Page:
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Thread: Third Form Latin - Lesson 30 - worksheet 4

  1. #1
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    Default Third Form Latin - Lesson 30 - worksheet 4

    Hi,

    We have a couple of questions regarding the translation exercises on worksheet 4, lesson 30.

    Question 6 - "Let us live more happily." is translated as "Vivamus felicius." A more accurate translation of felicius is fortunate or lucky not happy, as written in the text.

    Question 8 - "Our men overcame the province slowly and with the most difficulty." is translated as "Nostri provinciam lente et difficillime superaverunt." We had two questions regarding this translation, why isn't difficillime not translated as difficilissimus and secondly why is the 'cum' not translated into Latin.

    Question 10- "The citizens of the city felt the danger..." is translated as "urbs cives famis periculam..." we were confused about the ending for periculam.

    Finally, my daughter was trying to figure out how to distinguish between regular comparison adverbs, in particular the comparative adverbs. For instance, on page 92 of the student textbook, there is a list of the 1st/2nd and 3rd comparative adverbs. For the 1st/2nd comparative adjective 'wider' is translated as 'latior, latius', and the adverb 'more widely' is translated as 'latius'. How is she to distinguish between the adverb and the adjective when they are written identically? Any suggestions?

    Thank you
    Catherine

    Dd - 12 - full core 7A
    Dd - 10 - full core 5A

  2. #2
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    Default Re: Third Form Latin - Lesson 30 - worksheet 4

    Quote Originally Posted by Aquila View Post
    Hi,

    We have a couple of questions regarding the translation exercises on worksheet 4, lesson 30.

    Question 6 - "Let us live more happily." is translated as "Vivamus felicius." A more accurate translation of felicius is fortunate or lucky not happy, as written in the text.

    Question 8 - "Our men overcame the province slowly and with the most difficulty." is translated as "Nostri provinciam lente et difficillime superaverunt." We had two questions regarding this translation, why isn't difficillime not translated as difficilissimus and secondly why is the 'cum' not translated into Latin.

    Question 10- "The citizens of the city felt the danger..." is translated as "urbs cives famis periculam..." we were confused about the ending for periculam.

    Finally, my daughter was trying to figure out how to distinguish between regular comparison adverbs, in particular the comparative adverbs. For instance, on page 92 of the student textbook, there is a list of the 1st/2nd and 3rd comparative adverbs. For the 1st/2nd comparative adjective 'wider' is translated as 'latior, latius', and the adverb 'more widely' is translated as 'latius'. How is she to distinguish between the adverb and the adjective when they are written identically? Any suggestions?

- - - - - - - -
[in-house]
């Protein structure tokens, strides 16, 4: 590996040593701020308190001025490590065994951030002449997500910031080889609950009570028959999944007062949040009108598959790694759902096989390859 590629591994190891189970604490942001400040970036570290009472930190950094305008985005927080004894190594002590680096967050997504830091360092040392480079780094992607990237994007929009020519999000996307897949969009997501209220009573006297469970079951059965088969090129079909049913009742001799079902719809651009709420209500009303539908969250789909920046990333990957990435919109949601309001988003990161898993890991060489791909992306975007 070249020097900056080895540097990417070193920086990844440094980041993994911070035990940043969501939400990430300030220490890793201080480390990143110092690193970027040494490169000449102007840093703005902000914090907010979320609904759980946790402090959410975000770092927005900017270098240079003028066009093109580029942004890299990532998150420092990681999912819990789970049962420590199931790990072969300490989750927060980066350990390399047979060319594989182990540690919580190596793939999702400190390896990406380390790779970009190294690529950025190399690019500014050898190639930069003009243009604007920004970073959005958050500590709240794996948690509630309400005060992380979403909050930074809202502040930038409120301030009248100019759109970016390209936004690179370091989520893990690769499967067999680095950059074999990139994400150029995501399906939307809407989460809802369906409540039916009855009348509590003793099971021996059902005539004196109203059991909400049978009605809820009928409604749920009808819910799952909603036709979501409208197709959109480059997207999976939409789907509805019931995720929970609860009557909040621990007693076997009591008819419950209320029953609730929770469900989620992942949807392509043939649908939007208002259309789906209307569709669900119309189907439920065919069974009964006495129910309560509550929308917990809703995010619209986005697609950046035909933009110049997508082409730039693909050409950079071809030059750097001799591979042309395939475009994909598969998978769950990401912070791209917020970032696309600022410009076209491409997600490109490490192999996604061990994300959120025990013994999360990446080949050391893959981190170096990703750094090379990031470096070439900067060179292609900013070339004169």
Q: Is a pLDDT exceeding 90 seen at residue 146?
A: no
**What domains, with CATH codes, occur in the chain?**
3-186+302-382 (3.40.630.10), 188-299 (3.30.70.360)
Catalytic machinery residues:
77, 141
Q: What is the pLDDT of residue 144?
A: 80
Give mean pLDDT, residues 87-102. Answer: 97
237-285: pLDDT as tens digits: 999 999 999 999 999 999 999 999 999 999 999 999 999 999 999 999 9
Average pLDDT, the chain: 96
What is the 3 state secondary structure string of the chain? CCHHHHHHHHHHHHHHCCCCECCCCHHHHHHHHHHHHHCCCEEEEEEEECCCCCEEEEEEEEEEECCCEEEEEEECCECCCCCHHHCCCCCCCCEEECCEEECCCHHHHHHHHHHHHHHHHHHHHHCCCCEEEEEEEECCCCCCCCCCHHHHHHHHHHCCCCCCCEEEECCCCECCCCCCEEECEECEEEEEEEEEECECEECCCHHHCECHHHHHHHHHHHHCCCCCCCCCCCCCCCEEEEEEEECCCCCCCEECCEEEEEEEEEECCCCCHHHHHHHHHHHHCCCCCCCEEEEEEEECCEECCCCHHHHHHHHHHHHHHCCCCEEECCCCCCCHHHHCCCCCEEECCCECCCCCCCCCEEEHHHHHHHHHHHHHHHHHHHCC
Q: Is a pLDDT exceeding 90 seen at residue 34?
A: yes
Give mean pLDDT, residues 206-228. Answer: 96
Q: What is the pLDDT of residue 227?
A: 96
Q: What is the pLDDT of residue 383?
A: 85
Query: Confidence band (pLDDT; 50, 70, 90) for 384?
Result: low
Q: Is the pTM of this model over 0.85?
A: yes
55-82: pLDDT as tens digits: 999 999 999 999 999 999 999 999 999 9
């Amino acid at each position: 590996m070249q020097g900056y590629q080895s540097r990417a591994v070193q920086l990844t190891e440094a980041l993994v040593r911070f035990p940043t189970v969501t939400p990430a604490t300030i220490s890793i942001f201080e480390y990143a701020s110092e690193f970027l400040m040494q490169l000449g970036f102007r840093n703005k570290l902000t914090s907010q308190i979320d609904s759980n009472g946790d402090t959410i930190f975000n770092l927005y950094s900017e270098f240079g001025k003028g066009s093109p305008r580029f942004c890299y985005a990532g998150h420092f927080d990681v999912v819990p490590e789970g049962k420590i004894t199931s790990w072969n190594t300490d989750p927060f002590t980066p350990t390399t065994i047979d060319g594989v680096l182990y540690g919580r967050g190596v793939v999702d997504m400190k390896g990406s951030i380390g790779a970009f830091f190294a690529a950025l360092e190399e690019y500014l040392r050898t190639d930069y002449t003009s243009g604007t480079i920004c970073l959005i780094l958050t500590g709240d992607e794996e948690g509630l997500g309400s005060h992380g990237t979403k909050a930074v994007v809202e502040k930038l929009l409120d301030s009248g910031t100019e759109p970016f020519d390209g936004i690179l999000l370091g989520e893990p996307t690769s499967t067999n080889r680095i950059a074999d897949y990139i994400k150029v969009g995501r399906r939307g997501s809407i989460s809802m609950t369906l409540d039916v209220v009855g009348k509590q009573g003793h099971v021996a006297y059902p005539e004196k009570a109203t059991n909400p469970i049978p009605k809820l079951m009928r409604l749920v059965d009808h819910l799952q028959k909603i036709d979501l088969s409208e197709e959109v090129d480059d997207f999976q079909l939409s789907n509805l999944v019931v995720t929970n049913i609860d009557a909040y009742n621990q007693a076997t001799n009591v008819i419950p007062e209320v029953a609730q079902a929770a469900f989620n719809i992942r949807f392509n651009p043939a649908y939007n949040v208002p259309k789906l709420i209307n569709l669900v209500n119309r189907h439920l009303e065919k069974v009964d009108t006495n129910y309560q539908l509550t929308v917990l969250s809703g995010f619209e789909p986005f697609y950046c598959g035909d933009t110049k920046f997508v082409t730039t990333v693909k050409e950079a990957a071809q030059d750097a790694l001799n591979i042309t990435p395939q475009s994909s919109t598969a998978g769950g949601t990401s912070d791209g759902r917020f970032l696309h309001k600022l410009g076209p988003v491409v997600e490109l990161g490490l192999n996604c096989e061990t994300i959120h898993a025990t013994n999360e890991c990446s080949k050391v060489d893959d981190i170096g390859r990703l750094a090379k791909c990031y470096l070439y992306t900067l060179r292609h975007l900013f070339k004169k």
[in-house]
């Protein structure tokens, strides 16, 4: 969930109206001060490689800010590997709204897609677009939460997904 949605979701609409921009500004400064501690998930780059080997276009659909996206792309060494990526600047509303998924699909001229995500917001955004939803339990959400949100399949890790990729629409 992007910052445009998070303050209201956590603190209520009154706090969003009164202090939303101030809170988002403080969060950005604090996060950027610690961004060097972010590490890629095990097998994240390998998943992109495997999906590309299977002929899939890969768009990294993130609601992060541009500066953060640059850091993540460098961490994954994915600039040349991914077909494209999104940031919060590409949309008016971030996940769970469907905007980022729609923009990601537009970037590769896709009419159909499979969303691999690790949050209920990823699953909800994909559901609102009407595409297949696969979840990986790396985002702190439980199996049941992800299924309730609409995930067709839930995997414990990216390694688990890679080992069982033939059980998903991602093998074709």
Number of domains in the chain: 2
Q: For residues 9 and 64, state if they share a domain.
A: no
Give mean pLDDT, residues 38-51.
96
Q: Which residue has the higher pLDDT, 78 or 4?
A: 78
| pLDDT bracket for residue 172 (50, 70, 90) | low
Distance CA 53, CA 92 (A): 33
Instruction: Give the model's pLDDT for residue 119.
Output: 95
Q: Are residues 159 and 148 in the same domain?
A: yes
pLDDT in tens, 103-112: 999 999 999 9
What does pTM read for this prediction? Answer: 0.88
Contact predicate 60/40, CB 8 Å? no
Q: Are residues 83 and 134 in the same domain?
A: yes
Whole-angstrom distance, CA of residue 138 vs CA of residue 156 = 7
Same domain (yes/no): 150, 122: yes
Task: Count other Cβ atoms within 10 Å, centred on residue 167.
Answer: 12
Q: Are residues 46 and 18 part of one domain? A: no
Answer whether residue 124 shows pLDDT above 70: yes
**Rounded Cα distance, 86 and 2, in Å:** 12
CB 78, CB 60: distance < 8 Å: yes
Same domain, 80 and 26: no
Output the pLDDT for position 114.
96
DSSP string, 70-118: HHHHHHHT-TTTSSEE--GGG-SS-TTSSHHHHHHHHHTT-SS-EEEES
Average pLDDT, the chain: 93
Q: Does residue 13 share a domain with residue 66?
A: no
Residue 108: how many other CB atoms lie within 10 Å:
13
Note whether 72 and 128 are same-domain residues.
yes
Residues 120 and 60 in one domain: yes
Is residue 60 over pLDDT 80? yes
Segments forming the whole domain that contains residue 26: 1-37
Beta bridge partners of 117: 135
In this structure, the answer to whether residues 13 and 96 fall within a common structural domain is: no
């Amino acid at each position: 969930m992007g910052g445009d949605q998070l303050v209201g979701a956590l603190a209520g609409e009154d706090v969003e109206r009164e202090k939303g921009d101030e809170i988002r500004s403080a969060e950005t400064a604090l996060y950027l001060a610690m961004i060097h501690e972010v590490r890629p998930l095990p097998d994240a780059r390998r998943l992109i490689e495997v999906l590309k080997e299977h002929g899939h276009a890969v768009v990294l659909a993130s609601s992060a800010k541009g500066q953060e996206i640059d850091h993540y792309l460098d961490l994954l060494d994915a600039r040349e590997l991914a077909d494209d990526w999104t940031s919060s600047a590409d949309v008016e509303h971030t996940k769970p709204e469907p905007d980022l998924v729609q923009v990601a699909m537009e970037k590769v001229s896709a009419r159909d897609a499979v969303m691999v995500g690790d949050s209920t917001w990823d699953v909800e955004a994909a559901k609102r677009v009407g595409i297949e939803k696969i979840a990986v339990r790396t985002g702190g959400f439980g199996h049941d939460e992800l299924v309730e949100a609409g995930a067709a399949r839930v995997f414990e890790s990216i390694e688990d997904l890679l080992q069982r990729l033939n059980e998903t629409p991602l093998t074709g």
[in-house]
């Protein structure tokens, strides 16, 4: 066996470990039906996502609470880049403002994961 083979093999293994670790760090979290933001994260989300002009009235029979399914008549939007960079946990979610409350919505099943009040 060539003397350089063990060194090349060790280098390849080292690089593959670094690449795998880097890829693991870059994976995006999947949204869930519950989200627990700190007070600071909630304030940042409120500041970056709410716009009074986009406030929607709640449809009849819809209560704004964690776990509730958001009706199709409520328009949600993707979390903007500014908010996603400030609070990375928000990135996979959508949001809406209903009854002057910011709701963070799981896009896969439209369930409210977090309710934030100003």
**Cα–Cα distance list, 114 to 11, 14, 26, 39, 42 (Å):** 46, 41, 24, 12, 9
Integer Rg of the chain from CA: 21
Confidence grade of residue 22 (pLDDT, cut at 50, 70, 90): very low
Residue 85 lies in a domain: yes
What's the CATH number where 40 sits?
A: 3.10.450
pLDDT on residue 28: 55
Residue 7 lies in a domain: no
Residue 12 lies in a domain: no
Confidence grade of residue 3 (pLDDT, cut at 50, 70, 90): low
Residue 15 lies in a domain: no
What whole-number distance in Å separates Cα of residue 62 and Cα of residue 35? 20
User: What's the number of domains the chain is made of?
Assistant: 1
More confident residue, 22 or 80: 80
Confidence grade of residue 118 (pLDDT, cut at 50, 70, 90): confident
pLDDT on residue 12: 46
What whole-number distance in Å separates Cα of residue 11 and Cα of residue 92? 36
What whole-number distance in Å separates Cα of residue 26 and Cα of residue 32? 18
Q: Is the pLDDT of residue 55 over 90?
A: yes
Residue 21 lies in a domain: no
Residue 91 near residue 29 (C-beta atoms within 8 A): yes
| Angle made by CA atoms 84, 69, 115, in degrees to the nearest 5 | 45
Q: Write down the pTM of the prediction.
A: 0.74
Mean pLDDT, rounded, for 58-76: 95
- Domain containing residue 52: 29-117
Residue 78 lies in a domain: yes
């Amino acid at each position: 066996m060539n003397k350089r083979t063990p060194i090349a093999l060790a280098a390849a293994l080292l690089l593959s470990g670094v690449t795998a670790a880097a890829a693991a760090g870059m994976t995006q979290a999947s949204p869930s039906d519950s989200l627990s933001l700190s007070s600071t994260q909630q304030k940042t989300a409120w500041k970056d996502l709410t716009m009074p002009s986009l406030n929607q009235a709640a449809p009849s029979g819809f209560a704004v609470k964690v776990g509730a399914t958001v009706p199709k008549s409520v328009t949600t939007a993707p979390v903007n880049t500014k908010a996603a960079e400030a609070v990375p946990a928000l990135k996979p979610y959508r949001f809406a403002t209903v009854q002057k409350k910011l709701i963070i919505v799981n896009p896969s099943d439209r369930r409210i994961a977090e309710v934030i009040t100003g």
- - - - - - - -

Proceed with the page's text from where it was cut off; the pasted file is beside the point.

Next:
Thank you
    Good afternoon,

    #6: "Felix" frequently means "happy," but since that meaning isn't taught in the Forms, "laétius" would be less confusing. This has actually already been fixed in the more recent printings.

    #8: In this sentence both "slowly" and "with the greatest difficulty" are adverbs. The former is positive, so "lentē" is used. The latter is superlative, so "difficíllimē" is used. The "with" is actually part of the adverbs meaning:

    difficíliter (with difficulty)
    difficílius (with more difficulty)
    difficíllimē (with the most difficulty)

    #10: "Periculam" should be "periculum." This is another typo that has since been fixed.

    Final Question: Correct, the nominative and accusative singular of the comparative adjective are identical to the comparative adverb. Only context will distinguish them. If the form is an adjective, it will usually be modifying another word in the sentence. If it is alone, and especially if it is near or adjacent to the verb, it will probably be the adverb.

    You all continue to have excellent questions and observations. Keep 'em coming
    Michael
    Memoria Press

  3. #3
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    Default Re: Third Form Latin - Lesson 30 - worksheet 4

    Hi,

    Thank you. Almost to the end of the book. Two more chapters to go!
    Catherine

    Dd - 12 - full core 7A
    Dd - 10 - full core 5A

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